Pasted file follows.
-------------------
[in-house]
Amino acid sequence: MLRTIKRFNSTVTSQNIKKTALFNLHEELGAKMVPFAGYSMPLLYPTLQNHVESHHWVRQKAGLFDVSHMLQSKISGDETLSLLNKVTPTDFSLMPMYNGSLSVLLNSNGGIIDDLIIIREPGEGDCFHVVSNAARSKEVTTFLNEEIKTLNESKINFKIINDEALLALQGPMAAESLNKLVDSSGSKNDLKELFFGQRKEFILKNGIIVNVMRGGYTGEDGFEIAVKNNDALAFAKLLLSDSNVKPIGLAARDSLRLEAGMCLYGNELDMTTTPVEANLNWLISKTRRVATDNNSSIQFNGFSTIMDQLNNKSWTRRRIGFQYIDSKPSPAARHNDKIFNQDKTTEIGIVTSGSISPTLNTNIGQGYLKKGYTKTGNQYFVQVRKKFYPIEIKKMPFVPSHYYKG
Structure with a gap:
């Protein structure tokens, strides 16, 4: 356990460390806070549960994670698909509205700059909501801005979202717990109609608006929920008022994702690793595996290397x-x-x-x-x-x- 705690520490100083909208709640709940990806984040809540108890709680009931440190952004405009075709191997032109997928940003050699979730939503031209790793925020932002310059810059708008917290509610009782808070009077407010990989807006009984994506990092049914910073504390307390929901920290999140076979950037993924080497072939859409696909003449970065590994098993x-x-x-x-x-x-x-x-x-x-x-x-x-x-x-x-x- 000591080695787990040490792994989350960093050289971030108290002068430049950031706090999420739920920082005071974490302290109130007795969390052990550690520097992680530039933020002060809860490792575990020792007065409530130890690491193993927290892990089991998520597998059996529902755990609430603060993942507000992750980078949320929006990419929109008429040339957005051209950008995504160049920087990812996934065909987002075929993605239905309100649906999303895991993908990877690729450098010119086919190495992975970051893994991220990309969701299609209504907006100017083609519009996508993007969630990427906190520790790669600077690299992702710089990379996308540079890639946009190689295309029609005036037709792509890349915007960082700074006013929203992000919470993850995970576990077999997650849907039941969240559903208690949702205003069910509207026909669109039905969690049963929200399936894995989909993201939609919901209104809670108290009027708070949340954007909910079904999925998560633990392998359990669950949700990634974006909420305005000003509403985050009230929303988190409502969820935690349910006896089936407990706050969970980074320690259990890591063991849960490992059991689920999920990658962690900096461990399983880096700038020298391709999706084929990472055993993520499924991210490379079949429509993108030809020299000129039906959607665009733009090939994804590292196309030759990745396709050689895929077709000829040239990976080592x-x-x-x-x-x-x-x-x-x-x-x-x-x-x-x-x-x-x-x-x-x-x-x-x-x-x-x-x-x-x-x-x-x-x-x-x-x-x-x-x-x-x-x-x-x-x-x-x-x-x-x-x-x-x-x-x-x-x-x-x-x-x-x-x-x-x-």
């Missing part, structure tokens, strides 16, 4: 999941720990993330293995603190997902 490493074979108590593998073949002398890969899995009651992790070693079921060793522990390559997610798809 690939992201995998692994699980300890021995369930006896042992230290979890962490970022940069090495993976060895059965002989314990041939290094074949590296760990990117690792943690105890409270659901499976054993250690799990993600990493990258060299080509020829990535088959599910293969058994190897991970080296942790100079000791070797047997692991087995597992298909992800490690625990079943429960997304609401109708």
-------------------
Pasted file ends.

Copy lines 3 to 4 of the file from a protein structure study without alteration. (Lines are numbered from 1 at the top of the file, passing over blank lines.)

Structure with a gap:
């Protein structure tokens, strides 16, 4: 356990460390806070549960994670698909509205700059909501801005979202717990109609608006929920008022994702690793595996290397x-x-x-x-x-x- 705690520490100083909208709640709940990806984040809540108890709680009931440190952004405009075709191997032109997928940003050699979730939503031209790793925020932002310059810059708008917290509610009782808070009077407010990989807006009984994506990092049914910073504390307390929901920290999140076979950037993924080497072939859409696909003449970065590994098993x-x-x-x-x-x-x-x-x-x-x-x-x-x-x-x-x- 000591080695787990040490792994989350960093050289971030108290002068430049950031706090999420739920920082005071974490302290109130007795969390052990550690520097992680530039933020002060809860490792575990020792007065409530130890690491193993927290892990089991998520597998059996529902755990609430603060993942507000992750980078949320929006990419929109008429040339957005051209950008995504160049920087990812996934065909987002075929993605239905309100649906999303895991993908990877690729450098010119086919190495992975970051893994991220990309969701299609209504907006100017083609519009996508993007969630990427906190520790790669600077690299992702710089990379996308540079890639946009190689295309029609005036037709792509890349915007960082700074006013929203992000919470993850995970576990077999997650849907039941969240559903208690949702205003069910509207026909669109039905969690049963929200399936894995989909993201939609919901209104809670108290009027708070949340954007909910079904999925998560633990392998359990669950949700990634974006909420305005000003509403985050009230929303988190409502969820935690349910006896089936407990706050969970980074320690259990890591063991849960490992059991689920999920990658962690900096461990399983880096700038020298391709999706084929990472055993993520499924991210490379079949429509993108030809020299000129039906959607665009733009090939994804590292196309030759990745396709050689895929077709000829040239990976080592x-x-x-x-x-x-x-x-x-x-x-x-x-x-x-x-x-x-x-x-x-x-x-x-x-x-x-x-x-x-x-x-x-x-x-x-x-x-x-x-x-x-x-x-x-x-x-x-x-x-x-x-x-x-x-x-x-x-x-x-x-x-x-x-x-x-x-």